I was given the opportunity to attend an event hosted by the National Alliance for the Advancement of Haitian Professionals (NAAHP) in Washington, D.C. on Thursday, September 29, 2016. While I was there, I decided to visit the newly opened Smithsonian National Museum of African American History and Culture. Thankfully, I had a ticket. As I approached the Yoruba art-inspired bronze aluminum edifice, people were already assembled at the entrance with their timed passes.
To be honest, I didn’t know what to expect. My interest was piqued by the rave reviews on social media. However, I wanted to go and experience it for myself. I also wanted to be a part of, and partake in, history.
Words can’t describe my experience. My visit to the museum was surreal; it was awe-inspiring, humbling, eye-opening, sad, exhilarating, informative… and every single emotion you can think of. My soul was stirred. I was humbled, because we, as people of African ancestry, are truly benefiting from the sacrificed blood of those who struggled before us, and who are still struggling (as the saying goes, “Aluta continua”).
When you read about history, it’s one thing, but when you SEE – the museum captivates and appeals to all of the senses except for smell, but when you SEE history come to life with the artifacts, it’s otherworldly. Words can’t describe what I experienced. I know one thing for sure: I connected with my ancestors. I also realized that, as a grandfather figure in my life always said, “I lived in the times of giants!” I saw artifacts from Whitney Houston, Michael Jackson, Prince, Lena Horne, etc.
One of the exhibits showcased a letter written by one of Haiti’s founding fathers, Toussaint Louverture. (By the way, his penmanship was EXCELLENT. Everyone who saw it also agreed that there should come out a “Louverture Font”.) All my life, I was always reminded of this revolutionary, who banned slavery in Haiti and made it the first Black republic. To be in close proximity to a document that he had penned stirred something within the depths of my soul, and I felt a burning sensation as though I was being baptized with fire. Looking up at the sculpted figure of Louverture, I could see a slight resemblance of my Haitian brothers and sisters in him.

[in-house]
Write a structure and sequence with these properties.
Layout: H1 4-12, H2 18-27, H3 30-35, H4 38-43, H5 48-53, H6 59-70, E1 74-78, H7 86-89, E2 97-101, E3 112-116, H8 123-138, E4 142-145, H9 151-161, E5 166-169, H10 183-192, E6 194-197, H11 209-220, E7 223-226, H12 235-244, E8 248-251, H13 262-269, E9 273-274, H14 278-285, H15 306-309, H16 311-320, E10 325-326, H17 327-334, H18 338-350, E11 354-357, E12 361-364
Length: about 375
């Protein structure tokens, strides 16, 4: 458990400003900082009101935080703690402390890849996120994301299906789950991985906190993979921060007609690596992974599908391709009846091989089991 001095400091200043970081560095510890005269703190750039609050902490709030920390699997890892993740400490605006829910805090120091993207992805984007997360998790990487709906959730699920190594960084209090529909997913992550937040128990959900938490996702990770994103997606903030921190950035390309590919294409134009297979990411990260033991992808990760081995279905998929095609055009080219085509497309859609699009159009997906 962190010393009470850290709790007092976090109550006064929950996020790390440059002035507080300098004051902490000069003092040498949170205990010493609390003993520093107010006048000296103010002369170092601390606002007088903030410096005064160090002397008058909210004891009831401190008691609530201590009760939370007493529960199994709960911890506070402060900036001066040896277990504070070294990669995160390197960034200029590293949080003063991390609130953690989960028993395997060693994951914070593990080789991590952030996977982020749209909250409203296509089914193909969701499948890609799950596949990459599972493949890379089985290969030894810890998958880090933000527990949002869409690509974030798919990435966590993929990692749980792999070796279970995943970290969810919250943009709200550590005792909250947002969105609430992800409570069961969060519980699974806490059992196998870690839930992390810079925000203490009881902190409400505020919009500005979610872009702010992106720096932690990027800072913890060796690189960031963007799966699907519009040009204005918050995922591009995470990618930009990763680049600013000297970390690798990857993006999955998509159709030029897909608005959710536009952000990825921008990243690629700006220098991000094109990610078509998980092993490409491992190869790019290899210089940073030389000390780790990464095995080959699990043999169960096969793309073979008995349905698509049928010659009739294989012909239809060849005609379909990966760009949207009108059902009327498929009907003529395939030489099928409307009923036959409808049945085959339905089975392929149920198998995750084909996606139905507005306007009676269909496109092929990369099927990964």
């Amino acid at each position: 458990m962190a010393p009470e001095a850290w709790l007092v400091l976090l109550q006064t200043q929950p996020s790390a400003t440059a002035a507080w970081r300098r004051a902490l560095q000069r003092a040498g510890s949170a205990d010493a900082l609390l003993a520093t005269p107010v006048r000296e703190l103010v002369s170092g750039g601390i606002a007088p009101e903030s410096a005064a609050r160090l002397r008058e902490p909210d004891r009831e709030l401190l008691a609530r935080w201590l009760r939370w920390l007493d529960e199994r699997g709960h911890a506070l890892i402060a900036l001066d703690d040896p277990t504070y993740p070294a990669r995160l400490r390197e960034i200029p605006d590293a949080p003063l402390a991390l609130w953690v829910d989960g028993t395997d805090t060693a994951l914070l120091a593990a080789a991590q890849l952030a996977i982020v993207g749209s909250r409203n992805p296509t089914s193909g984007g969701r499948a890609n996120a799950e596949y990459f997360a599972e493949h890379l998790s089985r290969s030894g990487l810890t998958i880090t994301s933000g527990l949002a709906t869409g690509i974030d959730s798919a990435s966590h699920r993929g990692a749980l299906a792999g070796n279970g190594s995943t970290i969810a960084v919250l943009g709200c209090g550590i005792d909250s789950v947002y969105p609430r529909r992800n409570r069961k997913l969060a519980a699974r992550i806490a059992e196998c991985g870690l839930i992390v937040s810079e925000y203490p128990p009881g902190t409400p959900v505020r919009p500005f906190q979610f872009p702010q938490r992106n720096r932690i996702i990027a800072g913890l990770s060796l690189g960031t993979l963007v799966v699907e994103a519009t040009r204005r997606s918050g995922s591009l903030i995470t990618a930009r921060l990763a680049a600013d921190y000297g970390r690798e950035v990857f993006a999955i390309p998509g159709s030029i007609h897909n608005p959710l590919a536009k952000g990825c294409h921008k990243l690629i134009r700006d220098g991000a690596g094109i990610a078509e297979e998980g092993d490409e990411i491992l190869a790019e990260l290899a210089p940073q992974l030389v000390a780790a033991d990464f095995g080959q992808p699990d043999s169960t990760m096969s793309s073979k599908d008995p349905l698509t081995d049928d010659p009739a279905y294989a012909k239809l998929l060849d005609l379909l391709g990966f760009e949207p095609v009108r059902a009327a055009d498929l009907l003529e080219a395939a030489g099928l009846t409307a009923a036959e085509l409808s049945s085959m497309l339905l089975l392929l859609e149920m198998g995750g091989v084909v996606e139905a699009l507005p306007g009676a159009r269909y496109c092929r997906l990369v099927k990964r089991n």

“His legacy lay in his actions,” a note read. Those words, too, stirred my soul. There were other artifacts (i.e. Nat Turner’s Bible and Harriet Tubman’s shawl). It will take days to mention the others – more than 35,000 to be exact. Although I spent more than three hours inside, I felt like I did not have enough time, and I was running late for the NAAHP Capitol Hill Welcome Reception.
If you get a chance, please visit the museum. You will never be the same. You will have a better understanding of America’s history and how its plays into today’s current racial and social climate. As I left the museum, a few lessons from my experience stuck with me:
1. Give Respect and Honor Where They Are Due
Most of us live on American soil, but no matter where the Haitian Diaspora lands in the world, we still have the blood of our ancestors running through our veins. For those who are currently living in the U.S.A., we are intricately knitted in the fabric of America’s history. We must acknowledge those who tilled the land with seeds of blood. We must make positive contributions not only in Haiti but also in the communities we call home.
2. Look Back to Move Ahead
I have a better understanding of the African proverb, “Sankofa,” which essentially means, “Look back to move ahead.” In order to move forward, we must understand who we are and where we came from. We can go as high as we want, but to remain grounded and centered, we must stay connected to our roots.
3. We Are Resilient
No matter what type of blow life deals us we are made to be conquerors and overcomers. It’s in our DNA! We must carry on the legacy not only of Louverture but also the many others who struggled and sacrificed their blood so that we can have better lives.
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